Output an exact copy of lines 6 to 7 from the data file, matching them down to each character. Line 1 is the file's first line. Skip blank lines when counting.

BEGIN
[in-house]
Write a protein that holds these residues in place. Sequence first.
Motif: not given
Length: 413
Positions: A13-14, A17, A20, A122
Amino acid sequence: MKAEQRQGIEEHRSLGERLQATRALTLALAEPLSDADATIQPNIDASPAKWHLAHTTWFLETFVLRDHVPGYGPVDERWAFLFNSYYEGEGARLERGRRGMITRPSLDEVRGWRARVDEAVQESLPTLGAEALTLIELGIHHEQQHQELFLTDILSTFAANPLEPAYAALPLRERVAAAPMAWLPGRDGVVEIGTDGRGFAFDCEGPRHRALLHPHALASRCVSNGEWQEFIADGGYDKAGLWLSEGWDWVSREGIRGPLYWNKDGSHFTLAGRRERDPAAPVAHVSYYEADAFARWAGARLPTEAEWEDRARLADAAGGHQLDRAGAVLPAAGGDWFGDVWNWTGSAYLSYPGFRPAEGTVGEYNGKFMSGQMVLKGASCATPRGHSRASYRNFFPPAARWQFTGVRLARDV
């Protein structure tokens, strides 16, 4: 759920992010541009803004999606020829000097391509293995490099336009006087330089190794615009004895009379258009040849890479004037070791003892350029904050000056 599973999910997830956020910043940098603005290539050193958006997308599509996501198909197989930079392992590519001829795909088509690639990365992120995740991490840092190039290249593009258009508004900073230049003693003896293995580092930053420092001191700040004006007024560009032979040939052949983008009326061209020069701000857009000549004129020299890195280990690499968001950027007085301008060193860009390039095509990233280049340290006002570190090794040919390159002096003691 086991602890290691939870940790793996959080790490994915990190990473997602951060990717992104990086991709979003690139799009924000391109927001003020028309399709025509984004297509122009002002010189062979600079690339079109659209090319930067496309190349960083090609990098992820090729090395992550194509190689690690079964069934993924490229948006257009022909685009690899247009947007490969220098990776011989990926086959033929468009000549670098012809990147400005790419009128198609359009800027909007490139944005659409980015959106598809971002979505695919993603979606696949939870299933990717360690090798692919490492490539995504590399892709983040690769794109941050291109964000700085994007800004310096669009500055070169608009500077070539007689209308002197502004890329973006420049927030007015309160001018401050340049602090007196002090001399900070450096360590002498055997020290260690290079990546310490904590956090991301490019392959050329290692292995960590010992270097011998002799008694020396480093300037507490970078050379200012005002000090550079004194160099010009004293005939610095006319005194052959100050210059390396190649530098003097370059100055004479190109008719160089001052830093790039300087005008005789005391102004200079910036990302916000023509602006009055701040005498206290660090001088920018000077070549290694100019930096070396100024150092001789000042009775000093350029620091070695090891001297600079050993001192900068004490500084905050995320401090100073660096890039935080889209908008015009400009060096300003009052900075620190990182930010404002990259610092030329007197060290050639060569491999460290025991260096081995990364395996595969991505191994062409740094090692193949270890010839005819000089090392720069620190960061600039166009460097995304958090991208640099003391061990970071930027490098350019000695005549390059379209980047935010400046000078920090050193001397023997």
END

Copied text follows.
Amino acid sequence: MKAEQRQGIEEHRSLGERLQATRALTLALAEPLSDADATIQPNIDASPAKWHLAHTTWFLETFVLRDHVPGYGPVDERWAFLFNSYYEGEGARLERGRRGMITRPSLDEVRGWRARVDEAVQESLPTLGAEALTLIELGIHHEQQHQELFLTDILSTFAANPLEPAYAALPLRERVAAAPMAWLPGRDGVVEIGTDGRGFAFDCEGPRHRALLHPHALASRCVSNGEWQEFIADGGYDKAGLWLSEGWDWVSREGIRGPLYWNKDGSHFTLAGRRERDPAAPVAHVSYYEADAFARWAGARLPTEAEWEDRARLADAAGGHQLDRAGAVLPAAGGDWFGDVWNWTGSAYLSYPGFRPAEGTVGEYNGKFMSGQMVLKGASCATPRGHSRASYRNFFPPAARWQFTGVRLARDV
């Protein structure tokens, strides 16, 4: 759920992010541009803004999606020829000097391509293995490099336009006087330089190794615009004895009379258009040849890479004037070791003892350029904050000056 599973999910997830956020910043940098603005290539050193958006997308599509996501198909197989930079392992590519001829795909088509690639990365992120995740991490840092190039290249593009258009508004900073230049003693003896293995580092930053420092001191700040004006007024560009032979040939052949983008009326061209020069701000857009000549004129020299890195280990690499968001950027007085301008060193860009390039095509990233280049340290006002570190090794040919390159002096003691 086991602890290691939870940790793996959080790490994915990190990473997602951060990717992104990086991709979003690139799009924000391109927001003020028309399709025509984004297509122009002002010189062979600079690339079109659209090319930067496309190349960083090609990098992820090729090395992550194509190689690690079964069934993924490229948006257009022909685009690899247009947007490969220098990776011989990926086959033929468009000549670098012809990147400005790419009128198609359009800027909007490139944005659409980015959106598809971002979505695919993603979606696949939870299933990717360690090798692919490492490539995504590399892709983040690769794109941050291109964000700085994007800004310096669009500055070169608009500077070539007689209308002197502004890329973006420049927030007015309160001018401050340049602090007196002090001399900070450096360590002498055997020290260690290079990546310490904590956090991301490019392959050329290692292995960590010992270097011998002799008694020396480093300037507490970078050379200012005002000090550079004194160099010009004293005939610095006319005194052959100050210059390396190649530098003097370059100055004479190109008719160089001052830093790039300087005008005789005391102004200079910036990302916000023509602006009055701040005498206290660090001088920018000077070549290694100019930096070396100024150092001789000042009775000093350029620091070695090891001297600079050993001192900068004490500084905050995320401090100073660096890039935080889209908008015009400009060096300003009052900075620190990182930010404002990259610092030329007197060290050639060569491999460290025991260096081995990364395996595969991505191994062409740094090692193949270890010839005819000089090392720069620190960061600039166009460097995304958090991208640099003391061990970071930027490098350019000695005549390059379209980047935010400046000078920090050193001397023997």